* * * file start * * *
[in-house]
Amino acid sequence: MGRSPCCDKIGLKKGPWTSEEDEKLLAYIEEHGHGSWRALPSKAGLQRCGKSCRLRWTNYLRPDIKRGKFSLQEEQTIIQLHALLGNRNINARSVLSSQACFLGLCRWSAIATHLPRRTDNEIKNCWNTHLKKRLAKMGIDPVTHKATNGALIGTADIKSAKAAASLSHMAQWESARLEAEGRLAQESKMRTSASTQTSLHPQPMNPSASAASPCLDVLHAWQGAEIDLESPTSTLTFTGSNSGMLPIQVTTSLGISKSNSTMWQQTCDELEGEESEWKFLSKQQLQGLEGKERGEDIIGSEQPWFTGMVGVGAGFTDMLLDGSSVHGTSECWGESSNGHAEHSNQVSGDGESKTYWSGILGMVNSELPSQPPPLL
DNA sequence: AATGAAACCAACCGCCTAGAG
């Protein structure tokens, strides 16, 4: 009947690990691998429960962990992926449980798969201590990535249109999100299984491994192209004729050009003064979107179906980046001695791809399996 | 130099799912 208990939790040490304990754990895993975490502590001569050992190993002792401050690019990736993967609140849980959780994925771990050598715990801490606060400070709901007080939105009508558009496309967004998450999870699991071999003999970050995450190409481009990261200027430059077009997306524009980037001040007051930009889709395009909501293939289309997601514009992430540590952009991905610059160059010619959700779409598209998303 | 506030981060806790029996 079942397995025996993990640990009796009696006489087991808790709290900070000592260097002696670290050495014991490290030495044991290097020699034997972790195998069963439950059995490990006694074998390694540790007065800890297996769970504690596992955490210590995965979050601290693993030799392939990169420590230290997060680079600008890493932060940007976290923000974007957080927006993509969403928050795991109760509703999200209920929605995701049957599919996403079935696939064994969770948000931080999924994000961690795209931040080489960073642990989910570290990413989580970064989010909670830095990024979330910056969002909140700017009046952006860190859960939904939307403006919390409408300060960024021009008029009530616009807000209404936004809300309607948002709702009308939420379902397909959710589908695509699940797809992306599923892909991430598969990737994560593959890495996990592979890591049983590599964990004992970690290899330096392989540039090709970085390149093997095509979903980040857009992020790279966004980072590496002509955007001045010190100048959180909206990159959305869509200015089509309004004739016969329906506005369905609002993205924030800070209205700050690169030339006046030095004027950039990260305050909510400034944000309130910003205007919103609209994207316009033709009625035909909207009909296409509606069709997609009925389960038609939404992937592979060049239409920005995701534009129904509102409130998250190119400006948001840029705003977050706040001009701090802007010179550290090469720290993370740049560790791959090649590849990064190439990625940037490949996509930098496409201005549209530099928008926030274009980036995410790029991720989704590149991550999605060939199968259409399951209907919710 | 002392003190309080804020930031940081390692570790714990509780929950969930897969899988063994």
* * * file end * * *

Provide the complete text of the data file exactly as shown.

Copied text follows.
[in-house]
Amino acid sequence: MGRSPCCDKIGLKKGPWTSEEDEKLLAYIEEHGHGSWRALPSKAGLQRCGKSCRLRWTNYLRPDIKRGKFSLQEEQTIIQLHALLGNRNINARSVLSSQACFLGLCRWSAIATHLPRRTDNEIKNCWNTHLKKRLAKMGIDPVTHKATNGALIGTADIKSAKAAASLSHMAQWESARLEAEGRLAQESKMRTSASTQTSLHPQPMNPSASAASPCLDVLHAWQGAEIDLESPTSTLTFTGSNSGMLPIQVTTSLGISKSNSTMWQQTCDELEGEESEWKFLSKQQLQGLEGKERGEDIIGSEQPWFTGMVGVGAGFTDMLLDGSSVHGTSECWGESSNGHAEHSNQVSGDGESKTYWSGILGMVNSELPSQPPPLL
DNA sequence: AATGAAACCAACCGCCTAGAG
């Protein structure tokens, strides 16, 4: 009947690990691998429960962990992926449980798969201590990535249109999100299984491994192209004729050009003064979107179906980046001695791809399996 | 130099799912 208990939790040490304990754990895993975490502590001569050992190993002792401050690019990736993967609140849980959780994925771990050598715990801490606060400070709901007080939105009508558009496309967004998450999870699991071999003999970050995450190409481009990261200027430059077009997306524009980037001040007051930009889709395009909501293939289309997601514009992430540590952009991905610059160059010619959700779409598209998303 | 506030981060806790029996 079942397995025996993990640990009796009696006489087991808790709290900070000592260097002696670290050495014991490290030495044991290097020699034997972790195998069963439950059995490990006694074998390694540790007065800890297996769970504690596992955490210590995965979050601290693993030799392939990169420590230290997060680079600008890493932060940007976290923000974007957080927006993509969403928050795991109760509703999200209920929605995701049957599919996403079935696939064994969770948000931080999924994000961690795209931040080489960073642990989910570290990413989580970064989010909670830095990024979330910056969002909140700017009046952006860190859960939904939307403006919390409408300060960024021009008029009530616009807000209404936004809300309607948002709702009308939420379902397909959710589908695509699940797809992306599923892909991430598969990737994560593959890495996990592979890591049983590599964990004992970690290899330096392989540039090709970085390149093997095509979903980040857009992020790279966004980072590496002509955007001045010190100048959180909206990159959305869509200015089509309004004739016969329906506005369905609002993205924030800070209205700050690169030339006046030095004027950039990260305050909510400034944000309130910003205007919103609209994207316009033709009625035909909207009909296409509606069709997609009925389960038609939404992937592979060049239409920005995701534009129904509102409130998250190119400006948001840029705003977050706040001009701090802007010179550290090469720290993370740049560790791959090649590849990064190439990625940037490949996509930098496409201005549209530099928008926030274009980036995410790029991720989704590149991550999605060939199968259409399951209907919710 | 002392003190309080804020930031940081390692570790714990509780929950969930897969899988063994």